Slightly less than a year ago, Microsoft began outlining its plans to overhaul Office documents with live data, culled from the Web. On Monday, Microsoft made those plans reality, shipping PowerBI for Excel and Office 365.
PowerBI, as its name suggests, is designed to facilitate “business intelligence” by taking professional data analysis and making it more of a self-serve option. Its most intriguing selling point is a natural language engine, dubbed “Q&A,” which allows users to ask questions of the data and get meaningful answers in return.
But PowerBI for Excel won’t come cheap; the option is only available under Microsoft’s Office 365 Enterprise E3 and E4 plans, and adding it will raise the price of the E3 plan from $20 per user per month to $33.
Nevertheless, the add-on isn’t for data wonks. Although a sales manager might have access to the quarter’s numbers, traditional “business intelligence”—which brand of Ford has historically sold best to 30-something professionals in the Chicago metropolitan area, for example—has traditionally been the province of companies like Oracle, SAP, and MicroStrategy, among others. That requires mining large databases and organizing the data in useful ways—and often presenting it in Excel.
With PowerBI, Microsoft hopes that it can cut out the middleman. “One hundred percent of employees are making decisions and one hundred percent could be more effective if they had data,” said Julia White, general manager of Microsoft’s Office division, said in an interview.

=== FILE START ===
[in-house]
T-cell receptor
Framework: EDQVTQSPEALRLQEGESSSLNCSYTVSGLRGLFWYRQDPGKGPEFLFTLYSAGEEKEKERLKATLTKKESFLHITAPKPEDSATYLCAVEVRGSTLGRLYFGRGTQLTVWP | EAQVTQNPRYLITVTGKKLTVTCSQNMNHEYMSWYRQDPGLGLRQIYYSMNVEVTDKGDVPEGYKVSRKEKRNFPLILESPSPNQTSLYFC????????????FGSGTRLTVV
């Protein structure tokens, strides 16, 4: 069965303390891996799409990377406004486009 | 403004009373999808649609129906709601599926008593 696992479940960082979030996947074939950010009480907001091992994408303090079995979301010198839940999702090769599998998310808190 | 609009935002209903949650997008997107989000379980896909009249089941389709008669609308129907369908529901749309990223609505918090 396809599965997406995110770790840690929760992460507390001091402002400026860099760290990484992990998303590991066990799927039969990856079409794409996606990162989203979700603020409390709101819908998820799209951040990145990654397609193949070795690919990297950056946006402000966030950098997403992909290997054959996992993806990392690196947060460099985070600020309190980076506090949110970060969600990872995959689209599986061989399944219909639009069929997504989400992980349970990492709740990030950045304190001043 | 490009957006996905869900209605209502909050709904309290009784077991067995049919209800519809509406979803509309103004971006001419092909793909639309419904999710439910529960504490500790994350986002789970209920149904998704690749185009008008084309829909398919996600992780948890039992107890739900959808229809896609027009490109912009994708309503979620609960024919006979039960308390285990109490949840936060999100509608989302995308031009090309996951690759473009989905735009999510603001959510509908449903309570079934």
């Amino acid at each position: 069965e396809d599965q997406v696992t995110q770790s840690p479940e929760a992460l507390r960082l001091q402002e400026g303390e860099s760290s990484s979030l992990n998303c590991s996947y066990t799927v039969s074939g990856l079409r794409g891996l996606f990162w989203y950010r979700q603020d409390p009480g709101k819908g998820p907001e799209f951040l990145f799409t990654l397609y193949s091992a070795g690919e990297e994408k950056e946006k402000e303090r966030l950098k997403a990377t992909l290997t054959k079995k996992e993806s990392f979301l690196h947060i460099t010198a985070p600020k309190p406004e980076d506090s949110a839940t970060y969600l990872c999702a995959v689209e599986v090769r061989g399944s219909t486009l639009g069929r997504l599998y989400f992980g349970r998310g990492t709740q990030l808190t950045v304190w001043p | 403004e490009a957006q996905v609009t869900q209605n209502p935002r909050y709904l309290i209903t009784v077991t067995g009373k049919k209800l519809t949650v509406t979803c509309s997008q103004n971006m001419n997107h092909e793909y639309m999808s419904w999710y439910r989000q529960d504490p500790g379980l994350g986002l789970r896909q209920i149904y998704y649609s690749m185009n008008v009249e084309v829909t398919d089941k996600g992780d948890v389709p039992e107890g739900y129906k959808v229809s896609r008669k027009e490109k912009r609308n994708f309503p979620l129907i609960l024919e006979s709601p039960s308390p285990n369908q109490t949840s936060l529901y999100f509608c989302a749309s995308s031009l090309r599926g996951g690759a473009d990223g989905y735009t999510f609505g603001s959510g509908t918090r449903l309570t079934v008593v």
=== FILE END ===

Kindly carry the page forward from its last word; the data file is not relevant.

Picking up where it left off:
Smart data from smart sources
PowerBI hopes to hook customers in three ways. First, the software can cull large data sources—both from inside the company on Azure and SharePoint as well as public data like Facebook, Wikipedia, an Odata feed and more—and pull it into the report, automatically, by using the app to search a linked data catalog that Microsoft compiled. Microsoft’s security model allows access to internal data sources if an employee uses his or her credentials. That gives reports a “live” element that helps prevent the report from becoming almost immediately out of date.
Second, in addition to the traditional charts and graphs that accompany Excel spreadsheets, there are tools like PowerMap (top), which can use location data and plot the results on a Bing Map and PowerView, which can combine several charts and graphs into a single view.
Finally, there’s the “Q&A” tool, which allows users to use natural language queries to generate coherent results.
BI on the run
Microsoft allows users to build BI sites—essentially examples of these living documents that live on the Web—and access them either through the Web, or on the go using HTML5 or a PowerBI app that Microsoft will make available on the Windows Store.
And how difficult will it be for the average user to adopt this new way of doing things? White, not surprisingly, said it won't be too difficult. “Any one that can use a pivot table can use this,” she said. “It’s not a real high bar.”
In her own organization, White said, what she’s seeing is that a couple of her direct reports will prepare a BI document and pass it along. Instead of exclusively relying on their conclusions, however, she can play with the data herself—a “report” becomes more of a process of culling data as much as providing a fixed set of conclusions.
Microsoft said that Carnegie Mellon University, Revlon, and Trek had all trialed the technology.
Tracking down and discovering a comprehensive pool of data to provide context or back up one’s conclusions is one thing. Organizing it in a way to facilitate further inquiry is another. Will Microsoft be able to shoulder aside existing BI specialists? Building the technology into Excel itself is a good start.